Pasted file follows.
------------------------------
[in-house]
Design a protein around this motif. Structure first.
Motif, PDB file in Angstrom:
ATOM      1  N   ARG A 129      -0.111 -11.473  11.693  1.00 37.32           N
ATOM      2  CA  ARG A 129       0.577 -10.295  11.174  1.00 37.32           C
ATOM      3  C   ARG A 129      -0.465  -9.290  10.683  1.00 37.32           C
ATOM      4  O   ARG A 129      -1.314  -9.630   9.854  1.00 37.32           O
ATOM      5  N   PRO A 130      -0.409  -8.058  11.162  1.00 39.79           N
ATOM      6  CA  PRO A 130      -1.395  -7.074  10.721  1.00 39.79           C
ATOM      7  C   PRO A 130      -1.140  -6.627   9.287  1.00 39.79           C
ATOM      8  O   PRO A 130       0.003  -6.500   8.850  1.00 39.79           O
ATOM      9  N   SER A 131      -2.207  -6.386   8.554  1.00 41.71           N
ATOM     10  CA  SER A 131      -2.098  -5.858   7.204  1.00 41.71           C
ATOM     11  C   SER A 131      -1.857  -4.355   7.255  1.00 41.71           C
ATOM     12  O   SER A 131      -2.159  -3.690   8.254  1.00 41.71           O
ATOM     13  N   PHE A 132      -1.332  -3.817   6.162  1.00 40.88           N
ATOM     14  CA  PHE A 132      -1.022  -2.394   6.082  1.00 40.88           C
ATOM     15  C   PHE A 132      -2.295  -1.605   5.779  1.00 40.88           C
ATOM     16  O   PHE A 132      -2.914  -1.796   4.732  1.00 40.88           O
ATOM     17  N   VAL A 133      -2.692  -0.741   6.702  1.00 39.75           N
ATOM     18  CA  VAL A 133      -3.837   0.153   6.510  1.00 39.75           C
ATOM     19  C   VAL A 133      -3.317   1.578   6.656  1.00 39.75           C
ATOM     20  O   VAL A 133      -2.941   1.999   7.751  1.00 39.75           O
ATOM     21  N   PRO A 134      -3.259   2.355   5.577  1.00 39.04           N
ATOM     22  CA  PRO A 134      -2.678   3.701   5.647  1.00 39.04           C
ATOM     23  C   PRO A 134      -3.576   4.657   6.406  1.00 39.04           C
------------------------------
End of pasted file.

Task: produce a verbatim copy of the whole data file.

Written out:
[in-house]
Design a protein around this motif. Structure first.
Motif, PDB file in Angstrom:
ATOM      1  N   ARG A 129      -0.111 -11.473  11.693  1.00 37.32           N
ATOM      2  CA  ARG A 129       0.577 -10.295  11.174  1.00 37.32           C
ATOM      3  C   ARG A 129      -0.465  -9.290  10.683  1.00 37.32           C
ATOM      4  O   ARG A 129      -1.314  -9.630   9.854  1.00 37.32           O
ATOM      5  N   PRO A 130      -0.409  -8.058  11.162  1.00 39.79           N
ATOM      6  CA  PRO A 130      -1.395  -7.074  10.721  1.00 39.79           C
ATOM      7  C   PRO A 130      -1.140  -6.627   9.287  1.00 39.79           C
ATOM      8  O   PRO A 130       0.003  -6.500   8.850  1.00 39.79           O
ATOM      9  N   SER A 131      -2.207  -6.386   8.554  1.00 41.71           N
ATOM     10  CA  SER A 131      -2.098  -5.858   7.204  1.00 41.71           C
ATOM     11  C   SER A 131      -1.857  -4.355   7.255  1.00 41.71           C
ATOM     12  O   SER A 131      -2.159  -3.690   8.254  1.00 41.71           O
ATOM     13  N   PHE A 132      -1.332  -3.817   6.162  1.00 40.88           N
ATOM     14  CA  PHE A 132      -1.022  -2.394   6.082  1.00 40.88           C
ATOM     15  C   PHE A 132      -2.295  -1.605   5.779  1.00 40.88           C
ATOM     16  O   PHE A 132      -2.914  -1.796   4.732  1.00 40.88           O
ATOM     17  N   VAL A 133      -2.692  -0.741   6.702  1.00 39.75           N
ATOM     18  CA  VAL A 133      -3.837   0.153   6.510  1.00 39.75           C
ATOM     19  C   VAL A 133      -3.317   1.578   6.656  1.00 39.75           C
ATOM     20  O   VAL A 133      -2.941   1.999   7.751  1.00 39.75           O
ATOM     21  N   PRO A 134      -3.259   2.355   5.577  1.00 39.04           N
ATOM     22  CA  PRO A 134      -2.678   3.701   5.647  1.00 39.04           C
ATOM     23  C   PRO A 134      -3.576   4.657   6.406  1.00 39.04           C